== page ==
Dickey's Diary

 

Editor's Note: Readers of The Kentucky Explorer have been introduced to the Rev. John J. Dickey in past issues. Remember that he was a traveling preacher throughout the eastern part of the state during the years between 1880 and 1925. He helped to establish numerous churches and at least two colleges. He was also a teacher and a newspaper editor. However, his most enduring gift to us today may well be his diary that he kept faithfully during some 50 years of his later life beginning in the 1880s. In all, over 6,000 pages written in his own hand make up this interesting digest.
In this journal of his, Dickey often wrote down accounts of events daily. Much of the material concerns his day to day life. However, during the late 1890s he began to gather family history on various families he met in his travels. We are offering these interviews to our readers in the hope that they will be appreciated in the sense that Rev. Dickey intended. These interviews were written word for word as they were given to Rev. Dickey. Nothing has been changed.


Michael G. Horton
April 21, 1898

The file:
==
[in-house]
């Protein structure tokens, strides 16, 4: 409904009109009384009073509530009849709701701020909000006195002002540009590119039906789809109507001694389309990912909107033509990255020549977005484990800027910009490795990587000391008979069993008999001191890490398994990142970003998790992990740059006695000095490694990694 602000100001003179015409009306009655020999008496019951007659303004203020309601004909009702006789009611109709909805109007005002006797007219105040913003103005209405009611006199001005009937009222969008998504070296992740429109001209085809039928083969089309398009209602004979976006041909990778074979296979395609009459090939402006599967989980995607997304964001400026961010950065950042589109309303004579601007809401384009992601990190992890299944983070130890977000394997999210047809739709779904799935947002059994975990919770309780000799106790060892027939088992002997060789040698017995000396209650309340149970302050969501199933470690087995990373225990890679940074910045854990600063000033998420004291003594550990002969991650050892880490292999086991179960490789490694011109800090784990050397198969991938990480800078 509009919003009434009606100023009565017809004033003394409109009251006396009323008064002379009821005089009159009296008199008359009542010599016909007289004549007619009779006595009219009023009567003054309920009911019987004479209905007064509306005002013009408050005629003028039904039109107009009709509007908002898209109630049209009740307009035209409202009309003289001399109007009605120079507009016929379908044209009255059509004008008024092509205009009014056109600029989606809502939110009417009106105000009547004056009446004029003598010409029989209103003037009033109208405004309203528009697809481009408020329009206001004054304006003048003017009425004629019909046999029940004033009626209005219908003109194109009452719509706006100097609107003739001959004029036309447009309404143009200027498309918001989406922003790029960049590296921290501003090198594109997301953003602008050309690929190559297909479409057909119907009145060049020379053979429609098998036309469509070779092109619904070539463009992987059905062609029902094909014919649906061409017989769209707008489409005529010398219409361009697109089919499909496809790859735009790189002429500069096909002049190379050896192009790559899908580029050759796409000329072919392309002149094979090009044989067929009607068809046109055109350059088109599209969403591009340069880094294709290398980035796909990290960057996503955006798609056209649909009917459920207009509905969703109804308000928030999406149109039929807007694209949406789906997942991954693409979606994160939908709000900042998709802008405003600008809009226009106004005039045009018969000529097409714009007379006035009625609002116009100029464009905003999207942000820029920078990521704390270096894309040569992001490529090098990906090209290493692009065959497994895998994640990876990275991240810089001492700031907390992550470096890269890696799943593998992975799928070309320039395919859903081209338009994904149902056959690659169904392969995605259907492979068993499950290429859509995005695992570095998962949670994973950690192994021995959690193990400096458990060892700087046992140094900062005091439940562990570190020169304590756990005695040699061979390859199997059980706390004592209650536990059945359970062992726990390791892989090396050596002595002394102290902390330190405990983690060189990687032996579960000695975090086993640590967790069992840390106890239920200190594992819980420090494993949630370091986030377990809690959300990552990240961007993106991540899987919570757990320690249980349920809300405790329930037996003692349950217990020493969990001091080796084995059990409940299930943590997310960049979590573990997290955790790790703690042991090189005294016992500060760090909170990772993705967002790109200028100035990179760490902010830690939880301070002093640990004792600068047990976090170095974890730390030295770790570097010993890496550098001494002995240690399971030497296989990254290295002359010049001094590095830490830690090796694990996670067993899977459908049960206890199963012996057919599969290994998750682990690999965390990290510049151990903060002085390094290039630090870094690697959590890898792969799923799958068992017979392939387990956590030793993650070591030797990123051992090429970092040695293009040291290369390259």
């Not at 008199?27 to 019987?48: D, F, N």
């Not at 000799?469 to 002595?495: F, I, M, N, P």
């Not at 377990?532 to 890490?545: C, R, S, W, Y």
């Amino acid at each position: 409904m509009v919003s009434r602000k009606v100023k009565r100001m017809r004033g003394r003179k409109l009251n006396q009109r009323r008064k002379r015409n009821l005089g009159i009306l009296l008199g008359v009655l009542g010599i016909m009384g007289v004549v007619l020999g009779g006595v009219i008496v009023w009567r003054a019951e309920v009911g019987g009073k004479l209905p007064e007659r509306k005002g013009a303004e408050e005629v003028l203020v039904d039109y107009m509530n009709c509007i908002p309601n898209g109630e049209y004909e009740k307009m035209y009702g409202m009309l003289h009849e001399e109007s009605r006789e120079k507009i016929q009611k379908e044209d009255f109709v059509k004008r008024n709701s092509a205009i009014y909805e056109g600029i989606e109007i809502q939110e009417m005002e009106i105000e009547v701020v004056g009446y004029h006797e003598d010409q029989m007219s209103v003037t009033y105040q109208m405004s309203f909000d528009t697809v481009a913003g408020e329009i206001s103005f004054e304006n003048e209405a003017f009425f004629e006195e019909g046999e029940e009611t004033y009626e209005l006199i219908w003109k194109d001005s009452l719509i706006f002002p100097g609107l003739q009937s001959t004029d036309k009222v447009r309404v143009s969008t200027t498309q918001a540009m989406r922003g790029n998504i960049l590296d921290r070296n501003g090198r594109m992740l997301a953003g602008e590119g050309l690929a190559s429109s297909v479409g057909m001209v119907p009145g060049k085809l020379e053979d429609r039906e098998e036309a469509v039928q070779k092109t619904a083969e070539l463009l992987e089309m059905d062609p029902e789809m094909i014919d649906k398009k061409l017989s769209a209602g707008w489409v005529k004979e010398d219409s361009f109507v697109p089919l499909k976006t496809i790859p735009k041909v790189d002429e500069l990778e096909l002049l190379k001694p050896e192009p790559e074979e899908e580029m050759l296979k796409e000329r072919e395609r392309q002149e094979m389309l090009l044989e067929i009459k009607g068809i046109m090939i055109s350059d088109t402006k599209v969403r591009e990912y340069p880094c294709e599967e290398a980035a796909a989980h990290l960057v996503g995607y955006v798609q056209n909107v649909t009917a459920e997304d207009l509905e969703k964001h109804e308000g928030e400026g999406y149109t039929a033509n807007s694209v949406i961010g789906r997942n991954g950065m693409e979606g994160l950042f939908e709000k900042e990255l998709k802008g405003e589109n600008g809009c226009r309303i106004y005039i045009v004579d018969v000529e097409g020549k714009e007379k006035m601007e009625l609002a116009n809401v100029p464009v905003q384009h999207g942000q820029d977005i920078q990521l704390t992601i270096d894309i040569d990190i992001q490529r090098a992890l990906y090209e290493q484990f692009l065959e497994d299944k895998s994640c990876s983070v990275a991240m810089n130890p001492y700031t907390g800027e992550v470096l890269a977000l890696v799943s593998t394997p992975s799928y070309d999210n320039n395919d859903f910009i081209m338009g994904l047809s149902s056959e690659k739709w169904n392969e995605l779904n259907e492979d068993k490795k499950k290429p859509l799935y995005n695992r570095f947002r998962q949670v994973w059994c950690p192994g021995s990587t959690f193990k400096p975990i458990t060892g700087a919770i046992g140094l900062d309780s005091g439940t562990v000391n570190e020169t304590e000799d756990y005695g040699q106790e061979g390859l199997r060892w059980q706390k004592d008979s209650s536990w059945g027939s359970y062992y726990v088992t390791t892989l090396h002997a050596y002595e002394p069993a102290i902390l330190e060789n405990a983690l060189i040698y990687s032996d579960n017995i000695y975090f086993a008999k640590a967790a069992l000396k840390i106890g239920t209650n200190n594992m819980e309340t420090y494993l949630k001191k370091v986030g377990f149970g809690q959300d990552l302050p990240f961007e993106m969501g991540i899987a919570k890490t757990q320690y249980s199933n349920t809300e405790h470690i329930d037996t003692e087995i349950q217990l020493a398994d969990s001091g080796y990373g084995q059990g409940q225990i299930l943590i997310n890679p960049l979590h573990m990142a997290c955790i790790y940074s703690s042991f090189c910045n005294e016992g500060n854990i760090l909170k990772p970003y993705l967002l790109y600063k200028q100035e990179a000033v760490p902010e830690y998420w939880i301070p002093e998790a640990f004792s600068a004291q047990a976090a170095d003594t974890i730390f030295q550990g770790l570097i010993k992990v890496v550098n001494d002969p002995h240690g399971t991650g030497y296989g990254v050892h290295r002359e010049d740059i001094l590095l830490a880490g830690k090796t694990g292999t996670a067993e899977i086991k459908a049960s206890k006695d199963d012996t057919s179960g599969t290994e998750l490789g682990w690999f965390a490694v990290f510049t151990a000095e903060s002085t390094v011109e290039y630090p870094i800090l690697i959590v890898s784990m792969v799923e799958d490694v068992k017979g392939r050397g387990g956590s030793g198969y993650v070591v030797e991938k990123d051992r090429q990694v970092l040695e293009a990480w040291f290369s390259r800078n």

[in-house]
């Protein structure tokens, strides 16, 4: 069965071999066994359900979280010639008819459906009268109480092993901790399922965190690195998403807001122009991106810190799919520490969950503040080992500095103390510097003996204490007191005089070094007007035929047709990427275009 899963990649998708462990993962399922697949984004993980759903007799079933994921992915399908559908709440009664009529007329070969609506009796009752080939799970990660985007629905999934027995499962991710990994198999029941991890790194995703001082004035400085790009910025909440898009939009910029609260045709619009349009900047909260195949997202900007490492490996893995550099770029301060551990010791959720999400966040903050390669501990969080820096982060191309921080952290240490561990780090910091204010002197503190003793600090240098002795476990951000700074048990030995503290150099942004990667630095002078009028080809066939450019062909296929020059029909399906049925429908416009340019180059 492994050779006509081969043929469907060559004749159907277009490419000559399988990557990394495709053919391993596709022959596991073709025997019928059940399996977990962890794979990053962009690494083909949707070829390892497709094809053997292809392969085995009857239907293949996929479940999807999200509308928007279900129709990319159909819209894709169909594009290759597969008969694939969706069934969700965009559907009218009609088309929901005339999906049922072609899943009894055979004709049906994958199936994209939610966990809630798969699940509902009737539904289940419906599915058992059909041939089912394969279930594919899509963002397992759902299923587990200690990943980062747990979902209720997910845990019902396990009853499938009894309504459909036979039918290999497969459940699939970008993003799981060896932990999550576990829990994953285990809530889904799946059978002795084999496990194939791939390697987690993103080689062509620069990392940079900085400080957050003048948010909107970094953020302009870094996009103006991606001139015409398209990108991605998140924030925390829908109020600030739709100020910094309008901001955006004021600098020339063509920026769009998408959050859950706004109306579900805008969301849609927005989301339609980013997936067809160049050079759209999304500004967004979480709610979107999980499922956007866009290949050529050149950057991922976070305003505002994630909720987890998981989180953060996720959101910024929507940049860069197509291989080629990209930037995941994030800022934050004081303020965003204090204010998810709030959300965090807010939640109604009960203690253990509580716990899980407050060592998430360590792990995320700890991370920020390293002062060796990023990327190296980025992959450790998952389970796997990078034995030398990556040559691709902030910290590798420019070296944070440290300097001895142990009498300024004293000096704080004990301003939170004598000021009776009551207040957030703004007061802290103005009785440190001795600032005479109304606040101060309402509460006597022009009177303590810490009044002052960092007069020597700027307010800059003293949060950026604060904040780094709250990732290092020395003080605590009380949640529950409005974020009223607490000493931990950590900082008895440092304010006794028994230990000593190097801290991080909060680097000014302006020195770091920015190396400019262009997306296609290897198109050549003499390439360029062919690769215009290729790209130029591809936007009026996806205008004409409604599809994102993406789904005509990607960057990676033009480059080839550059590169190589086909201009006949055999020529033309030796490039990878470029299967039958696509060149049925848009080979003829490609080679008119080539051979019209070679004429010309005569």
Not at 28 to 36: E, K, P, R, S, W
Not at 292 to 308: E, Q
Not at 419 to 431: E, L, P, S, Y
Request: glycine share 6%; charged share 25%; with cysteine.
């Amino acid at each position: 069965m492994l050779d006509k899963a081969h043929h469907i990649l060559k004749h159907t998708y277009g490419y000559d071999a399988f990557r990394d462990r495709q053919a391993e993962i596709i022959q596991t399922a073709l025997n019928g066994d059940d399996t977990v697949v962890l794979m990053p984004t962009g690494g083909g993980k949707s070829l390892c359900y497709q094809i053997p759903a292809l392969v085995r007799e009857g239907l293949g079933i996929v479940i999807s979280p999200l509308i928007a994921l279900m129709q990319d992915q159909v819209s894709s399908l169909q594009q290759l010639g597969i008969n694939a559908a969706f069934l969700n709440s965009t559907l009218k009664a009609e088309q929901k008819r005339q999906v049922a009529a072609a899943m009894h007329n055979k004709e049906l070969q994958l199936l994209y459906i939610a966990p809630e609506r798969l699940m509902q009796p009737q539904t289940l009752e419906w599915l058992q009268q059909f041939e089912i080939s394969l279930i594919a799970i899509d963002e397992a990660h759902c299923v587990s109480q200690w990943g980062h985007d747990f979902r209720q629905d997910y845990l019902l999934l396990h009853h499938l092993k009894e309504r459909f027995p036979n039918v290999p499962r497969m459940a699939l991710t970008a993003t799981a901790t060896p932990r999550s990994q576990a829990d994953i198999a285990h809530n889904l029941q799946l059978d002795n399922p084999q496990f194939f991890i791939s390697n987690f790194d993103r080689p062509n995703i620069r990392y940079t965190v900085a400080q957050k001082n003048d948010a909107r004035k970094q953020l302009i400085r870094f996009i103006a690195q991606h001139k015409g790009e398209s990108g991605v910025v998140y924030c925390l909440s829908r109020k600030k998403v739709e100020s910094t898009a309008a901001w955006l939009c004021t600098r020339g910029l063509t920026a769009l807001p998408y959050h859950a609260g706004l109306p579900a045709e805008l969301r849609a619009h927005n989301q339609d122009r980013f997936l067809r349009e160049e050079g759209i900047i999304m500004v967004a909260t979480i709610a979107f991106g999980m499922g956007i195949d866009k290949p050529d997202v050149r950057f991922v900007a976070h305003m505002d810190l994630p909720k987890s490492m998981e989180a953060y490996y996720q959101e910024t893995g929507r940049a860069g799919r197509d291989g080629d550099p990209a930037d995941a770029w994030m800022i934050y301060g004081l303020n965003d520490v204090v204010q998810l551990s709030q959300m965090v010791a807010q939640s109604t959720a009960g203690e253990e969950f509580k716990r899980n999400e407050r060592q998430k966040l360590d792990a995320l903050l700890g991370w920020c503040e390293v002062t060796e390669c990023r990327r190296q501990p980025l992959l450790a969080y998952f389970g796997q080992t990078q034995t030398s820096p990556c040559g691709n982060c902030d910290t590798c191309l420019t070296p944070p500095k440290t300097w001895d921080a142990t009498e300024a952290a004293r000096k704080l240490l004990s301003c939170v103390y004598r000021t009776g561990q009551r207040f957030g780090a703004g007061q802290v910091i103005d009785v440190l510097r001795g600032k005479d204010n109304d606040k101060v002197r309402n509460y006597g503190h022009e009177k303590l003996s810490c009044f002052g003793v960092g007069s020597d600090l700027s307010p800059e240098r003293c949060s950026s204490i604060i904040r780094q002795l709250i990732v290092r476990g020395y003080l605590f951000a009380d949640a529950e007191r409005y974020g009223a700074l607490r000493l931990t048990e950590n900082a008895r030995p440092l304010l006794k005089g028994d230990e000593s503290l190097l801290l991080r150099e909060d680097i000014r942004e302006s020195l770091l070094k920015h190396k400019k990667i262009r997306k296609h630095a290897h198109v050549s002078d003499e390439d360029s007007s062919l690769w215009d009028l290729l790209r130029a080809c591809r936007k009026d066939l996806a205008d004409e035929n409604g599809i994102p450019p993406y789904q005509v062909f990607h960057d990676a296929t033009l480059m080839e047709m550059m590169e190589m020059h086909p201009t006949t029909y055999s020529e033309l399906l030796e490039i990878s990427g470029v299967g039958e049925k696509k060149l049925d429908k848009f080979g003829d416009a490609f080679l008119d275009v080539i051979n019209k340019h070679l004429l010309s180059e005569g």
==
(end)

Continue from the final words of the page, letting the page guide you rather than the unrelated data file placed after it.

I was born in Scott County, Virginia, near Clinch River, May 24, 1819. My father was Robert Horton. He was born in Culpepper County, Virginia. He was a soldier in the War of 1812. My grandfather was Elijah Horton. He was a soldier in the Revolutionary War. He died at my father's house in Scott County when I was about 10 years old. My mother was Ann Robnett, born in Wythe County, Virginia. There were Hortons in Tazwell County, but I do not know that they are relatives. I had seven brothers and two sisters. They are scattered. I have a brother, John, in Lincoln County, Kentucky. He married a sister of Ben Clark, a prominent man. He first came to London. During the war he bought horses in Laurel adjoining counties and took them to Camp Nelson and sold them to the government. He made Ben Clark's headquarters for collecting and feeding, and he made an alliance with the family by marrying a daughter. Isaac went West, I think, to Missouri. I came to Owsley County, Kentucky, in October 1846. I went into mercantile business. I was twice sheriff of Owsley County, once appointed, afterward elected. I married September 1850, Catherine Frances Garrard, sister of General T. T. Garrard, daughter of Col. James Garrard. I removed to Clay County in 1852. I was twice elected Sheriff of Clay County when Dr. Manning came here to teach. I kept a saloon in Booneville. A man named Reese killed two brothers named Moore at the door of my saloon. Reese got a change of venue to Breathitt. Old Billy Strong, a Baptist preacher, used to stay a good deal about my saloon. He was a great blackguard. When he was drinking, his theme was the Gospel. Another Baptist preacher whose name I cannot recall used to meet him there and they would drink together. There was some controversy between them, and when in their cups it would become very heated. Strong, a small man with a badly crippled leg, used a walking stick. Strong lived about Traveler's Rest. Alex Strong was the father-in-law of George Baker. He was a son of Billy Strong, mentioned above. He had another son, Pike, who was a wild, reckless man. Alex was a sensible man but has since run in a bad channel. He was sneaking, would strike a man in the back. There were many Wilsons about Traveler's Rest.


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